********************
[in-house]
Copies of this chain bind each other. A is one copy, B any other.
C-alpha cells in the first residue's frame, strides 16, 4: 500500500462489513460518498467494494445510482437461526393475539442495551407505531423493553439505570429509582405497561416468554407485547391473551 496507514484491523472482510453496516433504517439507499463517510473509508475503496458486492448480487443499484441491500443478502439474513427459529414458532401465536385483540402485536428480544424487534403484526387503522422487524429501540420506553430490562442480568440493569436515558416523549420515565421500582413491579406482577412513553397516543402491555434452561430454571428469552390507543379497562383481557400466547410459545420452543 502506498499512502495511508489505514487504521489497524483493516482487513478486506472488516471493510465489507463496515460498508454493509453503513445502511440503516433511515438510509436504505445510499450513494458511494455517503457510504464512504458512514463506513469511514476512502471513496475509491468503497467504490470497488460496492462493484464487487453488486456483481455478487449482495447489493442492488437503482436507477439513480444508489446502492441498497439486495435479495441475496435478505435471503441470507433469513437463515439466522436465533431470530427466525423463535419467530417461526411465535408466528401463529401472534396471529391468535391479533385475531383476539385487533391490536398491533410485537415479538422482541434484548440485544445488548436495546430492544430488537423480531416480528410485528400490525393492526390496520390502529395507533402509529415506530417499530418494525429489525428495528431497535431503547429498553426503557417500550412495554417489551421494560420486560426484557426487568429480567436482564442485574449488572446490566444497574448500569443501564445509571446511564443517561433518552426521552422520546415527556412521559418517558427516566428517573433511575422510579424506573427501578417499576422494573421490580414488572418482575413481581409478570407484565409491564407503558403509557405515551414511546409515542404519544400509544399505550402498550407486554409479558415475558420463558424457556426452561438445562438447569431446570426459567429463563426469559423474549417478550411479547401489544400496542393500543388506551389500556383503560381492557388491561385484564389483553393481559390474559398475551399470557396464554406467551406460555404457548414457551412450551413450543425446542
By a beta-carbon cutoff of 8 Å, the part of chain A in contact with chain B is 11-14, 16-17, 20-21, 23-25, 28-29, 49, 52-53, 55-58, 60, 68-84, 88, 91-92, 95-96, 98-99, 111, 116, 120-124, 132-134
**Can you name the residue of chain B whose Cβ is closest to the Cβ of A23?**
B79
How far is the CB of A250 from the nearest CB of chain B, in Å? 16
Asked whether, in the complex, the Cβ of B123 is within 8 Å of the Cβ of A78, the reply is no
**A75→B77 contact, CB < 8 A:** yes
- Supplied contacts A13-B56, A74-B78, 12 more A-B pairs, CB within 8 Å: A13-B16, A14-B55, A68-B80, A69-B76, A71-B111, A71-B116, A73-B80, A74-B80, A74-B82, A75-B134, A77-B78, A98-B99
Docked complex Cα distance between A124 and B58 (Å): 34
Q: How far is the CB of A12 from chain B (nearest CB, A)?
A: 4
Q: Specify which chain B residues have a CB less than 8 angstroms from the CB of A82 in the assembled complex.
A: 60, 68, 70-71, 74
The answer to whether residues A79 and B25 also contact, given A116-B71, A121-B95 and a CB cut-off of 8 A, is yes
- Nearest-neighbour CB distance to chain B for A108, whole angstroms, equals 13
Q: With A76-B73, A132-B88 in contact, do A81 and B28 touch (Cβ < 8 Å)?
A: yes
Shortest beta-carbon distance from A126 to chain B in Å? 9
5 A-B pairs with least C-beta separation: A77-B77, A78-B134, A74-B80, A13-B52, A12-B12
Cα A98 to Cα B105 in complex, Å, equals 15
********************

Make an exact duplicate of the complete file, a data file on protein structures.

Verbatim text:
[in-house]
Copies of this chain bind each other. A is one copy, B any other.
C-alpha cells in the first residue's frame, strides 16, 4: 500500500462489513460518498467494494445510482437461526393475539442495551407505531423493553439505570429509582405497561416468554407485547391473551 496507514484491523472482510453496516433504517439507499463517510473509508475503496458486492448480487443499484441491500443478502439474513427459529414458532401465536385483540402485536428480544424487534403484526387503522422487524429501540420506553430490562442480568440493569436515558416523549420515565421500582413491579406482577412513553397516543402491555434452561430454571428469552390507543379497562383481557400466547410459545420452543 502506498499512502495511508489505514487504521489497524483493516482487513478486506472488516471493510465489507463496515460498508454493509453503513445502511440503516433511515438510509436504505445510499450513494458511494455517503457510504464512504458512514463506513469511514476512502471513496475509491468503497467504490470497488460496492462493484464487487453488486456483481455478487449482495447489493442492488437503482436507477439513480444508489446502492441498497439486495435479495441475496435478505435471503441470507433469513437463515439466522436465533431470530427466525423463535419467530417461526411465535408466528401463529401472534396471529391468535391479533385475531383476539385487533391490536398491533410485537415479538422482541434484548440485544445488548436495546430492544430488537423480531416480528410485528400490525393492526390496520390502529395507533402509529415506530417499530418494525429489525428495528431497535431503547429498553426503557417500550412495554417489551421494560420486560426484557426487568429480567436482564442485574449488572446490566444497574448500569443501564445509571446511564443517561433518552426521552422520546415527556412521559418517558427516566428517573433511575422510579424506573427501578417499576422494573421490580414488572418482575413481581409478570407484565409491564407503558403509557405515551414511546409515542404519544400509544399505550402498550407486554409479558415475558420463558424457556426452561438445562438447569431446570426459567429463563426469559423474549417478550411479547401489544400496542393500543388506551389500556383503560381492557388491561385484564389483553393481559390474559398475551399470557396464554406467551406460555404457548414457551412450551413450543425446542
By a beta-carbon cutoff of 8 Å, the part of chain A in contact with chain B is 11-14, 16-17, 20-21, 23-25, 28-29, 49, 52-53, 55-58, 60, 68-84, 88, 91-92, 95-96, 98-99, 111, 116, 120-124, 132-134
**Can you name the residue of chain B whose Cβ is closest to the Cβ of A23?**
B79
How far is the CB of A250 from the nearest CB of chain B, in Å? 16
Asked whether, in the complex, the Cβ of B123 is within 8 Å of the Cβ of A78, the reply is no
**A75→B77 contact, CB < 8 A:** yes
- Supplied contacts A13-B56, A74-B78, 12 more A-B pairs, CB within 8 Å: A13-B16, A14-B55, A68-B80, A69-B76, A71-B111, A71-B116, A73-B80, A74-B80, A74-B82, A75-B134, A77-B78, A98-B99
Docked complex Cα distance between A124 and B58 (Å): 34
Q: How far is the CB of A12 from chain B (nearest CB, A)?
A: 4
Q: Specify which chain B residues have a CB less than 8 angstroms from the CB of A82 in the assembled complex.
A: 60, 68, 70-71, 74
The answer to whether residues A79 and B25 also contact, given A116-B71, A121-B95 and a CB cut-off of 8 A, is yes
- Nearest-neighbour CB distance to chain B for A108, whole angstroms, equals 13
Q: With A76-B73, A132-B88 in contact, do A81 and B28 touch (Cβ < 8 Å)?
A: yes
Shortest beta-carbon distance from A126 to chain B in Å? 9
5 A-B pairs with least C-beta separation: A77-B77, A78-B134, A74-B80, A13-B52, A12-B12
Cα A98 to Cα B105 in complex, Å, equals 15